Wearable works of art

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When two English greats – William Morris and Barbour– are
brought together, the results are picture perfect

A new collaboration between outdoorwear legend Barbour and Morris & Co is a marriage made in English-heritage heaven. Launching this month, the collection balances utility and beauty – the twin ideals of the famed textile designer-cum-writer William Morris – blending archival prints with much-loved Barbour designs.

Designed in 1875, Morris's "Marigold" print came at a time in his career when his work was becoming more intricate, full of movement. One of the few designs Morris created for both wallpaper and fabric, the bold red print is now used as a contrast lining in fitted wax and quilted jackets in brown and olive.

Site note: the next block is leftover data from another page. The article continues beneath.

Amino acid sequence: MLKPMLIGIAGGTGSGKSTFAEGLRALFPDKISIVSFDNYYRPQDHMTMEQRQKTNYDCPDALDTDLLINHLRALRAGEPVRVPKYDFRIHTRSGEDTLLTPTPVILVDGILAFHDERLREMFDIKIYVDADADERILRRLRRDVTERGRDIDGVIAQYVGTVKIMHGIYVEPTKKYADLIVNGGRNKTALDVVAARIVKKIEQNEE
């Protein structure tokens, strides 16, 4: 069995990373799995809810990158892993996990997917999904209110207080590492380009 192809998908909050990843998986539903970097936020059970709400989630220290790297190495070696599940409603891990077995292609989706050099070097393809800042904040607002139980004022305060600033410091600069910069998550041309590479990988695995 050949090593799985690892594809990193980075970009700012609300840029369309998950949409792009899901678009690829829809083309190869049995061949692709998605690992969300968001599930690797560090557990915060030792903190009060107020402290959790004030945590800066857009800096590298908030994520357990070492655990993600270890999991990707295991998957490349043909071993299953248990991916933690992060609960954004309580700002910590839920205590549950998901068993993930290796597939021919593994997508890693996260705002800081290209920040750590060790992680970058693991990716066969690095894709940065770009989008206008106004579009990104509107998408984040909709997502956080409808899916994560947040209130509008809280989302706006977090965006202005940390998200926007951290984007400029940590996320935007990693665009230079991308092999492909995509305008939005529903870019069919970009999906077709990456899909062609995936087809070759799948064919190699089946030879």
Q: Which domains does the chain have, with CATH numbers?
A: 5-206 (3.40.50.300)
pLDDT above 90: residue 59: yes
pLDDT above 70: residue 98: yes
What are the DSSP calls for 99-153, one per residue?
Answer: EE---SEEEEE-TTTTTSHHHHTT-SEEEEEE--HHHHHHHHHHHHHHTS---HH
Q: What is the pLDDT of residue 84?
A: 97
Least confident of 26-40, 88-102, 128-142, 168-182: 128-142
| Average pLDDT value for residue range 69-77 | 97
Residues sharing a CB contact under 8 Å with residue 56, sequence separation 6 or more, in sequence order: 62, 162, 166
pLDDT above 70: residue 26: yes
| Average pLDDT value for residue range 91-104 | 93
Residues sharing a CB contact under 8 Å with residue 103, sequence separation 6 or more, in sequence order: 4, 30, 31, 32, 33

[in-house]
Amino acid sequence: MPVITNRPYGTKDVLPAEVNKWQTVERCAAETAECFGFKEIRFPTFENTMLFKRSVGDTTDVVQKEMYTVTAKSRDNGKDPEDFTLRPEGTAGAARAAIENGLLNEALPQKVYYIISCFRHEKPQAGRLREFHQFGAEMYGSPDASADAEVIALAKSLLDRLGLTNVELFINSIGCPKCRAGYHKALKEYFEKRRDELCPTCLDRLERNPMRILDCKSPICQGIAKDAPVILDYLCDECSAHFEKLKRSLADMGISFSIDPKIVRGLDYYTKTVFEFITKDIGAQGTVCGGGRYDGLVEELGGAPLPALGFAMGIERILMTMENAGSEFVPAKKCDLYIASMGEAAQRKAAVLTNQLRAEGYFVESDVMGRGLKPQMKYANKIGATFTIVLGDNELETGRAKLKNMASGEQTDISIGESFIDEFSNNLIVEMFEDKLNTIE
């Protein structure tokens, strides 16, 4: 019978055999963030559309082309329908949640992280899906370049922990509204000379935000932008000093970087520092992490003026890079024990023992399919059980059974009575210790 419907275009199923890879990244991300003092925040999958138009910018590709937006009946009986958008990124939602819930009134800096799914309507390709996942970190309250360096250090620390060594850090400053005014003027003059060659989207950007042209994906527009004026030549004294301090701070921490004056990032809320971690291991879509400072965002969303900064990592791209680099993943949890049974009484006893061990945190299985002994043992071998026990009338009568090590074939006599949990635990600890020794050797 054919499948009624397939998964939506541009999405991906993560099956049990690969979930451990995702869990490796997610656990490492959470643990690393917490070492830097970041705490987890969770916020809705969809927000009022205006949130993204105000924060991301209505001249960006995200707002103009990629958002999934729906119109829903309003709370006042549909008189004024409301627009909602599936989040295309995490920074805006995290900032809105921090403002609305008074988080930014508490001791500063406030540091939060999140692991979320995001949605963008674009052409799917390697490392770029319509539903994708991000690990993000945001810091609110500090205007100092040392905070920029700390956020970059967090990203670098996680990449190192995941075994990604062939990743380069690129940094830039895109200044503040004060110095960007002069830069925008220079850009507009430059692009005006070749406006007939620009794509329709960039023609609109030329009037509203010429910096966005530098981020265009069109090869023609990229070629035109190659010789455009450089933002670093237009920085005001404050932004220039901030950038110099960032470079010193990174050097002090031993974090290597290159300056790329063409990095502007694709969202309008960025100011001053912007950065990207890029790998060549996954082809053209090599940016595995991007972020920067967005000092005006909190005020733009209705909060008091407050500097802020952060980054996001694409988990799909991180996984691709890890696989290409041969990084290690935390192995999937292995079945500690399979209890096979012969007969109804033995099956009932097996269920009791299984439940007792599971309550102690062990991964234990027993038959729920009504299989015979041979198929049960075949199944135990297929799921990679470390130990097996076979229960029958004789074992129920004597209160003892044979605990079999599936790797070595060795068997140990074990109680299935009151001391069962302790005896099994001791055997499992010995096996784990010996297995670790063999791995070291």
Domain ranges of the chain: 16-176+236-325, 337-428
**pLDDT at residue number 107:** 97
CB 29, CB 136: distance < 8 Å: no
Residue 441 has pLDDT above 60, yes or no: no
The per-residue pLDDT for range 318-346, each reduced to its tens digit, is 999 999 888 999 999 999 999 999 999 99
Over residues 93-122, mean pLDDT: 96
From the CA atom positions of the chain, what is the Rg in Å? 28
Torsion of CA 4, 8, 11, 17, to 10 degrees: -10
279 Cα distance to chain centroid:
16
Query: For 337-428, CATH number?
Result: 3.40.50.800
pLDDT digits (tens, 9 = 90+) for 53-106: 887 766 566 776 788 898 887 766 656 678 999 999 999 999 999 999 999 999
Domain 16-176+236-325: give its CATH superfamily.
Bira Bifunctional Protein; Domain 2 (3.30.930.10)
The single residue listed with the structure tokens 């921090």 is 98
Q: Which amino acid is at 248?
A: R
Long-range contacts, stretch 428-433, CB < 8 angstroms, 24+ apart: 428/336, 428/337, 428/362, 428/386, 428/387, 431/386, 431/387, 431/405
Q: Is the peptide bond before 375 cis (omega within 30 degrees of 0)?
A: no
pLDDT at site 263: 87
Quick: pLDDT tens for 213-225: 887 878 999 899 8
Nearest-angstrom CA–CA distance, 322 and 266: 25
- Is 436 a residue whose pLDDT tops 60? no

Making more of a statement, "Marigold" and "Strawberry Thief" (inspired by Morris's own difficulty with greedy birds eating his crops of the soft fruit at his rented country house, Kelmscott Manor) become the focus when used to create the Reiver cross-body bags. Trimmed with leather and lined for durability, the buckled bags are a prime example of this marriage of form and function.

"William Morris prints are an iconic part of our British arts heritage," says head of womenswear Sarah Lawrenson. "We're delighted to be able to feature these prints on some of our most well-known Barbour products."

Although the William Morris pieces are just for women, a transatlantic collaboration will ensure that there is something in store for gents, too, this season – whether they are of the country or city persuasion. Jack Spade, the New York-based menswear label which has its roots in utility and style, has been called into action to add quintessentially American touches. Fittingly for a company that was founded on the success of a messenger bag, the collection is made up of four styles of bag, as well as two jackets with a distinctive orange lining.

All Barbour, 0800 009988, barbour.com

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